Holy Tuesday: The Lesser Known Day of Holy Week

On Holy Tuesday Jesus is publicly confronted by the religious and political leaders. We are told their goal is to trap him so they can rid themselves of him and his movement. The public conflicts escalate when Jesus publicly rebukes them with confrontational rhetoric and truth-telling, often referred to as the “seven woes.” Read them when you can (Matthew 23–the whole chapter for context). They aren’t pretty.

Palm Sunday’s unmistakable political and public declaration of a new kind of liberation was already too much for the political and religious leaders. Holy Monday’s protest in the Temple pushed them even more. But after Holy Tuesday’s theatrical public shaming, these leaders have had enough.

Jesus is too dangerous a threat to their power. They don’t want his Kingdom. They want their own. They don’t need his liberation. They are comfortable with their political arrangement. Jesus’ public displays of undermining their authority has to stop. Enough is enough.

Once again we’re reminded of how public declarations of a new kind of liberation threatens the principalities and powers accustomed to dictating its terms. This is a dangerous thing to do. And we know this to be true.

Today we remember the assassination of Dr. Martin Luther King. We remember that the more public his declaration of liberation became, the more of a threat he grew, and the more his enemy pursued him, resulting in his murder on a balcony at the Lorraine Motel in Memphis.

In remembering Dr. King we remember Medgar Evans. We remember that the more public he made his fight for liberation from Jim Crow in Mississippi, the more his enemy pursued him, resulting in his murder in his driveway.

We remember the Freedom Riders of 1961, groups of White and African American activists whose declaration of liberation put on public display in the American South led to horrific violence against them.

Undermining the authority of power-mongering political regimes for the sake of liberation comes with a price. Dr. King knew it. Medgar Evers knew it. The Freedom Riders knew it. And Jesus knew it. He knew the weight of the suffering and violence he would carry. He also knew he would undermine the suffering and violence that coming Sunday, so he carried it anyway. For every one. For all of us.

“Woe to you, scribes and Pharisees, hypocrites! You build the tombs of the prophets and decorate the graves of the righteous, and you say, ‘If we had lived in the days of our ancestors, we wouldn’t have taken part with them in shedding the prophets’ blood.’ So you testify against yourselves that you are descendants of those who murdered the prophets. Fill up, then, the measure of your ancestors’ sins!”

(Matthew 23:29-32)

My Lord and liberating King, thank you for the liberation you bring. Liberate my mind. Liberate my heart. Liberate my soul. Liberate my imagination to envision your desire for my life, my loved ones, my friends, my neighbors and even my enemies. Unbound my hands and feet so that I can follow you fully and freely into the good news of our liberation.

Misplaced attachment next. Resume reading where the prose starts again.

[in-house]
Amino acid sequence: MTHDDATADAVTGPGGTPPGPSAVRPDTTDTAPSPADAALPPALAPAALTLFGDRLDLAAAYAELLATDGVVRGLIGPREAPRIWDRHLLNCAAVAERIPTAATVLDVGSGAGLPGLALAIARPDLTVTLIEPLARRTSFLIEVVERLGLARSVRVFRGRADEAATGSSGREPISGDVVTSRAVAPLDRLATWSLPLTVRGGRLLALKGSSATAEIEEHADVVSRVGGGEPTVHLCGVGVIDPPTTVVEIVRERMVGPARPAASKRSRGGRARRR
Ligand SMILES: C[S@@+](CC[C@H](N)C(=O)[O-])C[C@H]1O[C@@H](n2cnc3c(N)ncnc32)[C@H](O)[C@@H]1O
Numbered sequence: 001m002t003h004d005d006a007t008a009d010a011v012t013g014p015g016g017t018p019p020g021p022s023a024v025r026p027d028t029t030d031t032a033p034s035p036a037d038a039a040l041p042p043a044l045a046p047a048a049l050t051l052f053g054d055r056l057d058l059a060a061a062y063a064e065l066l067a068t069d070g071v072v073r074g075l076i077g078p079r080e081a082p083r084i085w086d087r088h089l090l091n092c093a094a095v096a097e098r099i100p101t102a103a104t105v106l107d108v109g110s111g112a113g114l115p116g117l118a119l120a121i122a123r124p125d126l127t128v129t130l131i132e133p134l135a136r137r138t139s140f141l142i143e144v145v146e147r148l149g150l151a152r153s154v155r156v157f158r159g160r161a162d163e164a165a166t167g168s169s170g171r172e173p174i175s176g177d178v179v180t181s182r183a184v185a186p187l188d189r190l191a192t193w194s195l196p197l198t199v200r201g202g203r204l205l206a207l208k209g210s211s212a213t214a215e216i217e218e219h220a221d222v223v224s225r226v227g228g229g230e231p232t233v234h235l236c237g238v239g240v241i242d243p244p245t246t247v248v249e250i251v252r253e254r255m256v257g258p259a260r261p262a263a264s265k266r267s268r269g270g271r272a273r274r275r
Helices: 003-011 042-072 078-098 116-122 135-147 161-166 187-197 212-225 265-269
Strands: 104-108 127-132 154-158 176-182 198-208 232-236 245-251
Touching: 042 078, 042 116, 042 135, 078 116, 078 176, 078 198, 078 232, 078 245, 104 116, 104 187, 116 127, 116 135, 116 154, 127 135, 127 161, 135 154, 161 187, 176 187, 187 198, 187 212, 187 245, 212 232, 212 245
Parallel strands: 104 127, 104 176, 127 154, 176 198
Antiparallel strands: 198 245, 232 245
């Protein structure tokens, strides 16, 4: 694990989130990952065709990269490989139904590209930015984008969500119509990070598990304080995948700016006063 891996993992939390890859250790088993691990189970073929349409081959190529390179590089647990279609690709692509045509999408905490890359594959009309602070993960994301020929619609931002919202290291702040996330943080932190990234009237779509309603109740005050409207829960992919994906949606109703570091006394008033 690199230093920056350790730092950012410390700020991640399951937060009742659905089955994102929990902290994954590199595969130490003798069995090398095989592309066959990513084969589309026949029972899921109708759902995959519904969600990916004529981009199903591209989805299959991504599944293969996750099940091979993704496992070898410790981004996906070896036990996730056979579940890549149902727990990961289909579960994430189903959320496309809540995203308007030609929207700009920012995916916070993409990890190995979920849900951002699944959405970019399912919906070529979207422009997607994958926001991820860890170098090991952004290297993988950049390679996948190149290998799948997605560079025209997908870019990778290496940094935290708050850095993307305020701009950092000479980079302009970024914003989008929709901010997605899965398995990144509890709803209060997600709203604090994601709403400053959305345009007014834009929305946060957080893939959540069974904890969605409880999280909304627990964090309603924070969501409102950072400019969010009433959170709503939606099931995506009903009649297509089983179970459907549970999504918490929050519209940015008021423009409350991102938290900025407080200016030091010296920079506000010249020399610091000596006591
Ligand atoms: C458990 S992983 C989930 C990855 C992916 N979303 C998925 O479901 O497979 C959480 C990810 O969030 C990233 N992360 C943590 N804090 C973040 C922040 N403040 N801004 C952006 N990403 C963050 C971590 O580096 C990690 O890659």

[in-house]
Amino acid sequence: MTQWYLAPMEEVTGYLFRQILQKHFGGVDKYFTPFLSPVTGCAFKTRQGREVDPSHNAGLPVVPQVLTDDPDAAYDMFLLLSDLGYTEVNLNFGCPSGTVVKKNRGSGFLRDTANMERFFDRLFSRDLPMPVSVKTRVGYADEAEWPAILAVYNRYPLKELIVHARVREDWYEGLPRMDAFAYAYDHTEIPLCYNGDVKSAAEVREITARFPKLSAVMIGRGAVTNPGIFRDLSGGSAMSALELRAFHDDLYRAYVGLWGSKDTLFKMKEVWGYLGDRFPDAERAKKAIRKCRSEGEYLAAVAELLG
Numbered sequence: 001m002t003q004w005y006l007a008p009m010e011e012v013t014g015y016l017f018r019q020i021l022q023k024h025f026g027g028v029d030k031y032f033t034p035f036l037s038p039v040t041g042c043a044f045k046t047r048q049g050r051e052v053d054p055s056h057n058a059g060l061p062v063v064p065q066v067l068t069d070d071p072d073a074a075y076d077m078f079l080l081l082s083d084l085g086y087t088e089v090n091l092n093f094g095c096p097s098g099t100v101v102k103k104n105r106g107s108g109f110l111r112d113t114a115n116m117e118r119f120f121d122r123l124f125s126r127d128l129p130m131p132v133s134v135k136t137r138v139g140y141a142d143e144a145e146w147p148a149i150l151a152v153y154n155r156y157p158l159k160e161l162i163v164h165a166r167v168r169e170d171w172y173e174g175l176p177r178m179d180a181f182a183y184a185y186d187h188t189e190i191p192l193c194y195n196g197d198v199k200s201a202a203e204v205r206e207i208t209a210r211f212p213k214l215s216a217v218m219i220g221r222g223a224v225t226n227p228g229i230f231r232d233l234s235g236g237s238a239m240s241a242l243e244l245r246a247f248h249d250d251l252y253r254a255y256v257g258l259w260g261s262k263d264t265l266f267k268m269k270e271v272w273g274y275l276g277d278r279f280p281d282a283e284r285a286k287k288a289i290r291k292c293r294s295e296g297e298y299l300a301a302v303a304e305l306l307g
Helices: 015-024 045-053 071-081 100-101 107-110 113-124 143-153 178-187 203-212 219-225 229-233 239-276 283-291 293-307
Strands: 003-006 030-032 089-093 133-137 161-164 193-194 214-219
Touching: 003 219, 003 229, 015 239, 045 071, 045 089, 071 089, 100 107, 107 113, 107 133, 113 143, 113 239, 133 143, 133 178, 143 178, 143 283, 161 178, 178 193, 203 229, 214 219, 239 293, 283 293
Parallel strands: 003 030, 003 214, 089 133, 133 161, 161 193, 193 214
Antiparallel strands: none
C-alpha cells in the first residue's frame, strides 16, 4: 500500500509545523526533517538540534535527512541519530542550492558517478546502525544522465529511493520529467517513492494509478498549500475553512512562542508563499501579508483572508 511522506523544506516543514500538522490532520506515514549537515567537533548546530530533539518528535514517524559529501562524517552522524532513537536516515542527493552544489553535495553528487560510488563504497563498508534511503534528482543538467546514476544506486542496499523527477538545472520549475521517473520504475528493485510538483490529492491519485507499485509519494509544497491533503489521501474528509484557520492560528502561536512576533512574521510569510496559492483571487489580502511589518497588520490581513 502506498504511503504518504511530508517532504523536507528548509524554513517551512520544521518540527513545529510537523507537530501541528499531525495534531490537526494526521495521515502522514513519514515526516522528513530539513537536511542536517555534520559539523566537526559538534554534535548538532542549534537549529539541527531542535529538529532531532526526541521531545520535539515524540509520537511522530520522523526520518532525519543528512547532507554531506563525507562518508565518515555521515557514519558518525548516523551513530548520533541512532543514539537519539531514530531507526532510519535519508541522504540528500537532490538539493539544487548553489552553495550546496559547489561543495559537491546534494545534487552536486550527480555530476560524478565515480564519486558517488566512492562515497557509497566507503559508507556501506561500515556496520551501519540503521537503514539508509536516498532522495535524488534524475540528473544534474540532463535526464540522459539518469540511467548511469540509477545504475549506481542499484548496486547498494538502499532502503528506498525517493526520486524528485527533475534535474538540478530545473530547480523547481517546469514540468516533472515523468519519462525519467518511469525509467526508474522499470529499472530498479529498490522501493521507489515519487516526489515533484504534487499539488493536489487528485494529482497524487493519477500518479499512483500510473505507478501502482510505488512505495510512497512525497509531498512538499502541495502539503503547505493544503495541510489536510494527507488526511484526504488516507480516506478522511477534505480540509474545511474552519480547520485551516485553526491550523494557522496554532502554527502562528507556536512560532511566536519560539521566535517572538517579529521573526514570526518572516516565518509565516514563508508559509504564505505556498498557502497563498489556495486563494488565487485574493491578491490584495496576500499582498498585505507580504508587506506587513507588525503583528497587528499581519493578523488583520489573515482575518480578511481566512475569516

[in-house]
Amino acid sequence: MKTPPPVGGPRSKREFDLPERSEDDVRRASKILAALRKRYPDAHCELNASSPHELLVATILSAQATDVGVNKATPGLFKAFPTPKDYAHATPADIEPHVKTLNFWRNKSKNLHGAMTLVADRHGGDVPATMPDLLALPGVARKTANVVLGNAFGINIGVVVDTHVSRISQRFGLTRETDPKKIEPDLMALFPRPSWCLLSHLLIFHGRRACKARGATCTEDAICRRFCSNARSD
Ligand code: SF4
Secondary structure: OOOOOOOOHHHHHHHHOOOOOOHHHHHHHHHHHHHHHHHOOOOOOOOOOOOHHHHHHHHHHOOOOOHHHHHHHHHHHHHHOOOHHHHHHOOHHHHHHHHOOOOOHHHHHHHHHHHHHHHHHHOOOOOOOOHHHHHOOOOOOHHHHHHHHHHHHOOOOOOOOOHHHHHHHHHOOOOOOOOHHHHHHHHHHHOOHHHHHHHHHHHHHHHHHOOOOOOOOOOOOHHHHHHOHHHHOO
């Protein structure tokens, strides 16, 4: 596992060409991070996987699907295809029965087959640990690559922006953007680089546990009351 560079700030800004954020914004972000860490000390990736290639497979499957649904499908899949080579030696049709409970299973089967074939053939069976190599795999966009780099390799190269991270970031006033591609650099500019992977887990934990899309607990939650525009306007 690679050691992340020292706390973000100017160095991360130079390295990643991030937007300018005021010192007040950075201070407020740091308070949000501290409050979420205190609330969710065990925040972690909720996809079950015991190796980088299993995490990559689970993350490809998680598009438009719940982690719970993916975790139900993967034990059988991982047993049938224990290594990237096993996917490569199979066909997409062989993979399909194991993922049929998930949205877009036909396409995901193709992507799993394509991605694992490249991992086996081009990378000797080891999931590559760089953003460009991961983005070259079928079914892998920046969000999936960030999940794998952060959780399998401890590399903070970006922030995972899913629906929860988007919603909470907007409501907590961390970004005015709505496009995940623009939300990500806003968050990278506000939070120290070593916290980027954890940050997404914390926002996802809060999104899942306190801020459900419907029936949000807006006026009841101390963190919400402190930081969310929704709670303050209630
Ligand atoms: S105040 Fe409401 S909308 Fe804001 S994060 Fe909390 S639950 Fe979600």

About Fred

Fred came to serve greater Williamsburg and WCC as lead pastor in October of 2010 and is grateful to be a part of the family. He is a husband, father, certified trauma professional, S.T.A.R. (strategies for trauma awareness & resilience) practitioner, community organizer, TEDx alum, founder of 3e Restoration, Inc. and co-owner of Philoxenia Culture LLC. He received his B.S. in Ministry/Bible at Amridge University and his Master’s of Religious Education in Missional Leadership from Rochester University. Currently he is a candidate for a Doctorate of Ministry in Contextual Theology in at Northern Seminary in Chicago. Fred has also served as an adjunct professor for Rochester University and Regent University where taught courses in philosophy, ethics, leadership, pastoral care, intro to Christianity, and ethnography. He has also served as a guest lecturer on the subjects of racialized cultural systems, poverty, and missiology at various universities, such as William & Mary and Oklahoma Christian University. Fred has authored on book (Racialized Cultural Systems, Social Displacement and Christian Hospitality) and several curriculum offerings, including The FloorPlan: Living Toward Restoration & Resilience. Fred enjoys hanging out with his family anytime, anywhere. He is deeply grateful for how God graciously works through the Church in all her various forms, despite our brokenness. He is passionate about seeing the last, least, and lonely of every neighborhood, city and nation experience God’s in-breaking kingdom, and come to know Jesus as King. Oh, and his favorite season is Advent and Christmas. Fred is a founding member of the board of directors for Virginia Racial Healing Institute, a member of the leadership team for Williamsburg's local chapter of Coming to the Table, and a member of Greater Williamsburg Trauma-Informed Community Network's Racial Trauma Committee and Training Committee.
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